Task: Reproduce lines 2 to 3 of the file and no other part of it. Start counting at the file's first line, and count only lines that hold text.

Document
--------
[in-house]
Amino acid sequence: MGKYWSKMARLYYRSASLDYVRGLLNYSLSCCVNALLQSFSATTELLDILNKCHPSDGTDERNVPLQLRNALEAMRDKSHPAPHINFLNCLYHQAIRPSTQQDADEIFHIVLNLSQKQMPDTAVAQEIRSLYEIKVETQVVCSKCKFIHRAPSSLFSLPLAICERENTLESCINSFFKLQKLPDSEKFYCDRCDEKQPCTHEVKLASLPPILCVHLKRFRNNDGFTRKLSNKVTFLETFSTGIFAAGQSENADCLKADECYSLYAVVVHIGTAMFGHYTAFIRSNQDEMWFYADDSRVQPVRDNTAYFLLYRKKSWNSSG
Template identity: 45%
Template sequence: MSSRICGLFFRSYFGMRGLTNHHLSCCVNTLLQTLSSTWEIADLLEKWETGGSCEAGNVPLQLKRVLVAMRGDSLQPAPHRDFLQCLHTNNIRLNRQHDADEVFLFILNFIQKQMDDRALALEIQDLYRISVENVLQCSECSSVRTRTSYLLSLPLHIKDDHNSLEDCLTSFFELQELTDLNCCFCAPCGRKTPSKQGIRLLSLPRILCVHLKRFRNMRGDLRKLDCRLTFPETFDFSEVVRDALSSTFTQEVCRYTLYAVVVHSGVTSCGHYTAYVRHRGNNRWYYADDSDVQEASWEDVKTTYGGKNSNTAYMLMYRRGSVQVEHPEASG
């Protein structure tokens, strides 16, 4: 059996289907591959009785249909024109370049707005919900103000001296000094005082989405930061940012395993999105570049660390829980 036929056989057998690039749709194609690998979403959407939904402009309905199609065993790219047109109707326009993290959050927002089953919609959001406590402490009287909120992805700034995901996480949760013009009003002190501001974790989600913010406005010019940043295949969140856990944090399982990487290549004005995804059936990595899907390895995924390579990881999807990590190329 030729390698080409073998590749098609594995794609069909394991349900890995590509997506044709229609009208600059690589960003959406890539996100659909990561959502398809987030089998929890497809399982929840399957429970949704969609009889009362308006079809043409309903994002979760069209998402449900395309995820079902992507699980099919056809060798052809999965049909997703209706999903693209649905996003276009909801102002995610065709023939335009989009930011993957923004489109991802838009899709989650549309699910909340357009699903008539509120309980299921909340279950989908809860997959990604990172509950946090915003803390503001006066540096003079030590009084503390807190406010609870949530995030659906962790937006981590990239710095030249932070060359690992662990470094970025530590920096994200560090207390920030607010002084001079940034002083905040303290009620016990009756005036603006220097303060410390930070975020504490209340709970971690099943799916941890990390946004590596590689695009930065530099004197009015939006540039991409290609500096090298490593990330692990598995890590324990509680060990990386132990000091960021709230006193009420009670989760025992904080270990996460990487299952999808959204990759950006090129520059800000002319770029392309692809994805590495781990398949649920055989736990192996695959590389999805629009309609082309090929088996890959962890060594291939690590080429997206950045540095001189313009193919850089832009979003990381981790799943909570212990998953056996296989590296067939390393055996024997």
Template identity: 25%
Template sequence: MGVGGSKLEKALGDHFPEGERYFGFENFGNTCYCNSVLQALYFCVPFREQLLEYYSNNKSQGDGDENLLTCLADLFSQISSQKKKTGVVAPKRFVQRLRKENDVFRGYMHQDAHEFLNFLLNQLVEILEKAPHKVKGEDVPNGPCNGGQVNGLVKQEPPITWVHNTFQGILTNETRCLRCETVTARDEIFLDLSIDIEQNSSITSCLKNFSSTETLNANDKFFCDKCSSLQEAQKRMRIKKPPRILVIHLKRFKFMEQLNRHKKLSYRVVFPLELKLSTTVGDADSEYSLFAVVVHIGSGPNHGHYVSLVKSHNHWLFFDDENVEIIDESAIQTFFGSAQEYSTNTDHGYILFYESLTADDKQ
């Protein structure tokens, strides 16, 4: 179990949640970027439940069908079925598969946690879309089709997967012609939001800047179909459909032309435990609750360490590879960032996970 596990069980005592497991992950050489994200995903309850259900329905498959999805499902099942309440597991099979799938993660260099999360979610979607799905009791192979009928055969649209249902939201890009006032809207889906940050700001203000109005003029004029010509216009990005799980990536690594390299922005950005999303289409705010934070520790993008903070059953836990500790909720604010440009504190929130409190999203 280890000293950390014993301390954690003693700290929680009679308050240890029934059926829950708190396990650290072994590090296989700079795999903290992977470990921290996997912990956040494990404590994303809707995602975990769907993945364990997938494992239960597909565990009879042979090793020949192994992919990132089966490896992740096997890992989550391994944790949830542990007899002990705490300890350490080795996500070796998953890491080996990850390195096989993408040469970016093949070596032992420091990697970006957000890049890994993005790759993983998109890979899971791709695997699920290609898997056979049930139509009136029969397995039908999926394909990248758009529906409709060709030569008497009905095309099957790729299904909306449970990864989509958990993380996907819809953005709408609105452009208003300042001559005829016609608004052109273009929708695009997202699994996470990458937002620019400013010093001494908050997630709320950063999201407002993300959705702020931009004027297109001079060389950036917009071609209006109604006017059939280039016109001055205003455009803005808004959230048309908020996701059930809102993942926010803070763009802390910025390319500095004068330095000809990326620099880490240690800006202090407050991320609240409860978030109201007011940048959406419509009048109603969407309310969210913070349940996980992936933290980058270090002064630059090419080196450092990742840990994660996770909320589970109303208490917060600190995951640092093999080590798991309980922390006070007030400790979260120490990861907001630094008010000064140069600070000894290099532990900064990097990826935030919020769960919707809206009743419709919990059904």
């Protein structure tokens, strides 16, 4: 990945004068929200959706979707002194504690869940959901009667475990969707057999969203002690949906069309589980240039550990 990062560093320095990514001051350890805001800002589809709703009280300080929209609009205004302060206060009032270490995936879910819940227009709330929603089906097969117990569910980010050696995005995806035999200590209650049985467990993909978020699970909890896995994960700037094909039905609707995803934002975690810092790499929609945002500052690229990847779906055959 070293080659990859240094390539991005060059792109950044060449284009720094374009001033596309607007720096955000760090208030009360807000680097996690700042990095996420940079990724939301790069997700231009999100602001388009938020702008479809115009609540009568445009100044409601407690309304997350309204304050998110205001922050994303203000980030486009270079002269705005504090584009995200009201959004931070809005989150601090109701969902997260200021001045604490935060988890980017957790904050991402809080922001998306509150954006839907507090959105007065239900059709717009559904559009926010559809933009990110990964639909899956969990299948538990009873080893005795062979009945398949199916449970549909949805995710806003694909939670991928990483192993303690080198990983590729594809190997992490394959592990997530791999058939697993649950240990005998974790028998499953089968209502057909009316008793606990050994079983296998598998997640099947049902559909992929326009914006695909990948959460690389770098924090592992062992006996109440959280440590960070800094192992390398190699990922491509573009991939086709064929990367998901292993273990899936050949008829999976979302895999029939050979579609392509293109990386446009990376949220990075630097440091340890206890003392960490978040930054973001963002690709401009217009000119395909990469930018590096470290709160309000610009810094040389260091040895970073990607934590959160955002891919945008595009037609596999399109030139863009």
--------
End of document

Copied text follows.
Amino acid sequence: MGKYWSKMARLYYRSASLDYVRGLLNYSLSCCVNALLQSFSATTELLDILNKCHPSDGTDERNVPLQLRNALEAMRDKSHPAPHINFLNCLYHQAIRPSTQQDADEIFHIVLNLSQKQMPDTAVAQEIRSLYEIKVETQVVCSKCKFIHRAPSSLFSLPLAICERENTLESCINSFFKLQKLPDSEKFYCDRCDEKQPCTHEVKLASLPPILCVHLKRFRNNDGFTRKLSNKVTFLETFSTGIFAAGQSENADCLKADECYSLYAVVVHIGTAMFGHYTAFIRSNQDEMWFYADDSRVQPVRDNTAYFLLYRKKSWNSSG
Template identity: 45%